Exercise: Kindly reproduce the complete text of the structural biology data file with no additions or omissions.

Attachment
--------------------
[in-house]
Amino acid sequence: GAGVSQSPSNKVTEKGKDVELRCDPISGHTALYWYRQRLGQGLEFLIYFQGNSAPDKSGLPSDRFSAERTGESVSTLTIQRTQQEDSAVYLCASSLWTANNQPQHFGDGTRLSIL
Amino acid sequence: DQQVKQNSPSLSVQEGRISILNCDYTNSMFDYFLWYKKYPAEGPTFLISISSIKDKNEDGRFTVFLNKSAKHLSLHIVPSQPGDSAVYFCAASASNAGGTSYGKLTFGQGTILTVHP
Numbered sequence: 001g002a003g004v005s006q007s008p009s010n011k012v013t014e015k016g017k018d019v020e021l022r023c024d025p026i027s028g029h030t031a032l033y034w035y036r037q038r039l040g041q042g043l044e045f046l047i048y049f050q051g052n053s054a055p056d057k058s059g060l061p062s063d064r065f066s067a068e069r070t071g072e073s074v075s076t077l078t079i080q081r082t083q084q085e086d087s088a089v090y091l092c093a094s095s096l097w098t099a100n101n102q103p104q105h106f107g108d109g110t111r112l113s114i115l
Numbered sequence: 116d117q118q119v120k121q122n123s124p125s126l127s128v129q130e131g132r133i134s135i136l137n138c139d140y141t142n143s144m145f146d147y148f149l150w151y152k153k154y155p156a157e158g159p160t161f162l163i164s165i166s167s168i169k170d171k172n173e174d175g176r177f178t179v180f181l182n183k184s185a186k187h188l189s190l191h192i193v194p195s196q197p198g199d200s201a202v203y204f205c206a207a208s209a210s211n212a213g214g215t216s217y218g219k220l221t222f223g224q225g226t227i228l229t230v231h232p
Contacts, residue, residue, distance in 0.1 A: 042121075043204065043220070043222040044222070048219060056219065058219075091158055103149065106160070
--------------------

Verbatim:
[in-house]
Amino acid sequence: GAGVSQSPSNKVTEKGKDVELRCDPISGHTALYWYRQRLGQGLEFLIYFQGNSAPDKSGLPSDRFSAERTGESVSTLTIQRTQQEDSAVYLCASSLWTANNQPQHFGDGTRLSIL
Amino acid sequence: DQQVKQNSPSLSVQEGRISILNCDYTNSMFDYFLWYKKYPAEGPTFLISISSIKDKNEDGRFTVFLNKSAKHLSLHIVPSQPGDSAVYFCAASASNAGGTSYGKLTFGQGTILTVHP
Numbered sequence: 001g002a003g004v005s006q007s008p009s010n011k012v013t014e015k016g017k018d019v020e021l022r023c024d025p026i027s028g029h030t031a032l033y034w035y036r037q038r039l040g041q042g043l044e045f046l047i048y049f050q051g052n053s054a055p056d057k058s059g060l061p062s063d064r065f066s067a068e069r070t071g072e073s074v075s076t077l078t079i080q081r082t083q084q085e086d087s088a089v090y091l092c093a094s095s096l097w098t099a100n101n102q103p104q105h106f107g108d109g110t111r112l113s114i115l
Numbered sequence: 116d117q118q119v120k121q122n123s124p125s126l127s128v129q130e131g132r133i134s135i136l137n138c139d140y141t142n143s144m145f146d147y148f149l150w151y152k153k154y155p156a157e158g159p160t161f162l163i164s165i166s167s168i169k170d171k172n173e174d175g176r177f178t179v180f181l182n183k184s185a186k187h188l189s190l191h192i193v194p195s196q197p198g199d200s201a202v203y204f205c206a207a208s209a210s211n212a213g214g215t216s217y218g219k220l221t222f223g224q225g226t227i228l229t230v231h232p
Contacts, residue, residue, distance in 0.1 A: 042121075043204065043220070043222040044222070048219060056219065058219075091158055103149065106160070